The mesothoracic wing is entirely membranous, completely transparent and colourless, or bearing zonal pigmentation useful for recognition. Its surface is divided into three regions: the most developed is the alar (main flight) region, supported by robust wing veins; posteriorly is the anal region; and, finally, in the rear section-proximal, there is an expanded lobiform alula.The alula also termed the axillary lobe is a broad lobe at the proximal posterior margin of the wing stalk. It is continuous with the upper calypter and distally it is (usually) separated from the wing by an indentation called the alular incision. Aluli are a newly acquired feature of the Diptera (Hennig 1973) and aluli are usually absent or poorly developed in the Nematocera (excepting Anisopodidae) but present and relatively large in the Brachycera. In higher Diptera between the alula and the thorax is the upper calyptra, also the tegula. The calyptra are just below the junction of the wing with the thorax and are part of the axillary membrane of the wings of some Diptera - the two basal lobes are called the calypteres ( also termed squamae, squamulae). The proximal lobe is called the lower calypter (or basicalypter or squamula thoracica). It arises from the furrow between the scutellum and the postnotum as a narrow, membranous ligament and ends where the more distal lobe,termed the upper calypter(or disticalypter or squamula alaris), folds sharply over it (calyptral fold). The upper calypter is usually larger than the lower calypter, but in some groups (Tabanidae, Acroceridae, and many Calyptratae), the lower calypter is larger than the upper one. The calyptral fringe is a fringe of hairs along the posterior margin of each calypter. The tegula (Shown here ) is the most proximal plate at the base of the costal margin (also termed the costal plate or epaulet.Next to it (distal)is the basicosta.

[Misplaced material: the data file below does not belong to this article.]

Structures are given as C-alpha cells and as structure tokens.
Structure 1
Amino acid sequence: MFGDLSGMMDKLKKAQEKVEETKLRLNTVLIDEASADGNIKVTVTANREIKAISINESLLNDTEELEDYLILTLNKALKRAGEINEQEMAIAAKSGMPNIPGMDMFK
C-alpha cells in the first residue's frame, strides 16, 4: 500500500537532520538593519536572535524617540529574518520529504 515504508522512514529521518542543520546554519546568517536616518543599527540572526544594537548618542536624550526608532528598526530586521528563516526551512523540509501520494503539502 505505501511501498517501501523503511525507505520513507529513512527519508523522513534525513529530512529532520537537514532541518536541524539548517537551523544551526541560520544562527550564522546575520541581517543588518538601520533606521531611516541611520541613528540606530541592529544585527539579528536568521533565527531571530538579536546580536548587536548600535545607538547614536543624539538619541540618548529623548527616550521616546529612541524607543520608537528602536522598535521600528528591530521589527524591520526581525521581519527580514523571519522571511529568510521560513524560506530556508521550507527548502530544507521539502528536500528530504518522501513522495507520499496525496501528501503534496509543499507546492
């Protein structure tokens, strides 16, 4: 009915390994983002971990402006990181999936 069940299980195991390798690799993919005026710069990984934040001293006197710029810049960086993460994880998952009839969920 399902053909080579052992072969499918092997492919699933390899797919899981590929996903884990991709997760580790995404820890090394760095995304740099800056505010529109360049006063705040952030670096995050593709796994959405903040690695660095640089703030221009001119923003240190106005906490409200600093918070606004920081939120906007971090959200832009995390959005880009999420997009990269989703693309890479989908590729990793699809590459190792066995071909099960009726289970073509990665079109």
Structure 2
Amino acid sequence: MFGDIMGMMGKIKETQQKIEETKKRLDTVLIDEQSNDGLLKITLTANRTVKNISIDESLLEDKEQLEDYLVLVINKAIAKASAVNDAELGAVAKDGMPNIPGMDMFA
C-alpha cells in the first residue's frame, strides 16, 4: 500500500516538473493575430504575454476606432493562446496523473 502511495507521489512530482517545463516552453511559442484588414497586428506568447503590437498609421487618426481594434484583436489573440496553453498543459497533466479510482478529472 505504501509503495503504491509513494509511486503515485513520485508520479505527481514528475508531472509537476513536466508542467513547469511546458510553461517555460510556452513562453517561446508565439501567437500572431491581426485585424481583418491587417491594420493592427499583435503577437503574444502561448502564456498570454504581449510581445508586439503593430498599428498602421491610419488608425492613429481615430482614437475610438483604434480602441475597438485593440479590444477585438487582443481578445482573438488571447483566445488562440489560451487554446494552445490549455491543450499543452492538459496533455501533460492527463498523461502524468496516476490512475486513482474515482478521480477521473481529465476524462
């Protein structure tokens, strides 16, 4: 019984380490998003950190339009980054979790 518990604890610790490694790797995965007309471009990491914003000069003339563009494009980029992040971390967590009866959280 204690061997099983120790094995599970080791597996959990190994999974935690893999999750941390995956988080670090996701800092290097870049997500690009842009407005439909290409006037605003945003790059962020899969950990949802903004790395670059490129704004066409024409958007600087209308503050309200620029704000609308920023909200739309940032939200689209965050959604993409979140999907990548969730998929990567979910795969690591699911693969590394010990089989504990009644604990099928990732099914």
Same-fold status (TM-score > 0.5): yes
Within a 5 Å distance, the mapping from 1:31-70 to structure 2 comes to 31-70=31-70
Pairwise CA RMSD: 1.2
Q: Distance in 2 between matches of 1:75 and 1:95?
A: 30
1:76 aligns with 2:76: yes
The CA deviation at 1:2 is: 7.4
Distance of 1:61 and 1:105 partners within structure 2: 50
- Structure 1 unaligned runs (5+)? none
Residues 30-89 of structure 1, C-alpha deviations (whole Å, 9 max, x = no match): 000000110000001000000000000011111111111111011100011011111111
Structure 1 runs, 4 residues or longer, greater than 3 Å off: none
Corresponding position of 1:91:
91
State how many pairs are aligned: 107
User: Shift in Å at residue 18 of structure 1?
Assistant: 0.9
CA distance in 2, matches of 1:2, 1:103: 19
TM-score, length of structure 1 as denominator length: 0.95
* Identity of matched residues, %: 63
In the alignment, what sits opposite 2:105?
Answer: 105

The system of venation is simplified but is representative of the Comstock–Needham system, which was conceived in the late nineteenth century to define precisely the terminology of the wing morphology of insects. In Diptera are the wing-veins are costa, subcosta, radial, medial and cubital. In addition, there are two anal veins, of which the second, also called the axillary, separates the anal region from the alula. The details of the wing veins, the transverse veins and the shape of the cells, are important characteristics for determining taxonomic groups including at species level.

Diastatidae wing veins (discal cell absent)
Odiniidae wing veins (discal cell dm present
:Melanderomyiinae (anal vein meeting wing margin)

Taxonomically important wing venation terms

The most encountered terms used in Diptera identification keys are:-

The scutellum is nearly always distinct, but much smaller than (and immediately posterior to) the mesoscutum. The scutellum macrochaetae are important in taxonomy.

The relatively thin legs have precisely arranged bristles which also function in chaetotaxy.The femora and tibia may bear combinations of dorsal, anterodorsal, posterodorsal, ventral, anteroventral and posteroventral bristles. The position, number, size and inclination of these bristles is important in the taxonomy of higher flies. The leg flexes (tibia on femur) in the dorsal ventral plane.The dorsum of the tibia (especially) and the femur is often identified by a double line of very small bristles. Another important bristle is the preapical on the tibia (presence or absence is important at family level)